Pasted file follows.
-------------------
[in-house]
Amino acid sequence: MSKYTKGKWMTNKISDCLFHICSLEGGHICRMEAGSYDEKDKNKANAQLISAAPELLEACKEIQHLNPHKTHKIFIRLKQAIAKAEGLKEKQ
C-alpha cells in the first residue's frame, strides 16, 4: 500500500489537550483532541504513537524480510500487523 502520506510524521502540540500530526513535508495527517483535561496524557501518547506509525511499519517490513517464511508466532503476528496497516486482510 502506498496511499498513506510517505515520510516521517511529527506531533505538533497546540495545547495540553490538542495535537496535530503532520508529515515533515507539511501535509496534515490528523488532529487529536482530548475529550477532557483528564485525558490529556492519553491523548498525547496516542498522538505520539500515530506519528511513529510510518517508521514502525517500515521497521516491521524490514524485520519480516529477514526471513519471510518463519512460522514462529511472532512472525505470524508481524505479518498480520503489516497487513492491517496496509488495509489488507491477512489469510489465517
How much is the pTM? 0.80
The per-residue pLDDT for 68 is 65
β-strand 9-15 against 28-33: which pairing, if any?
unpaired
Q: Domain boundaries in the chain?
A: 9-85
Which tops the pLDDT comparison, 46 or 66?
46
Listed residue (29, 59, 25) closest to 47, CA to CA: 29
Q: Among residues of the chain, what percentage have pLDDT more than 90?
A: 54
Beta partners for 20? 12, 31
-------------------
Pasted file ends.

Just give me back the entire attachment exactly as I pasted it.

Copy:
[in-house]
Amino acid sequence: MSKYTKGKWMTNKISDCLFHICSLEGGHICRMEAGSYDEKDKNKANAQLISAAPELLEACKEIQHLNPHKTHKIFIRLKQAIAKAEGLKEKQ
C-alpha cells in the first residue's frame, strides 16, 4: 500500500489537550483532541504513537524480510500487523 502520506510524521502540540500530526513535508495527517483535561496524557501518547506509525511499519517490513517464511508466532503476528496497516486482510 502506498496511499498513506510517505515520510516521517511529527506531533505538533497546540495545547495540553490538542495535537496535530503532520508529515515533515507539511501535509496534515490528523488532529487529536482530548475529550477532557483528564485525558490529556492519553491523548498525547496516542498522538505520539500515530506519528511513529510510518517508521514502525517500515521497521516491521524490514524485520519480516529477514526471513519471510518463519512460522514462529511472532512472525505470524508481524505479518498480520503489516497487513492491517496496509488495509489488507491477512489469510489465517
How much is the pTM? 0.80
The per-residue pLDDT for 68 is 65
β-strand 9-15 against 28-33: which pairing, if any?
unpaired
Q: Domain boundaries in the chain?
A: 9-85
Which tops the pLDDT comparison, 46 or 66?
46
Listed residue (29, 59, 25) closest to 47, CA to CA: 29
Q: Among residues of the chain, what percentage have pLDDT more than 90?
A: 54
Beta partners for 20? 12, 31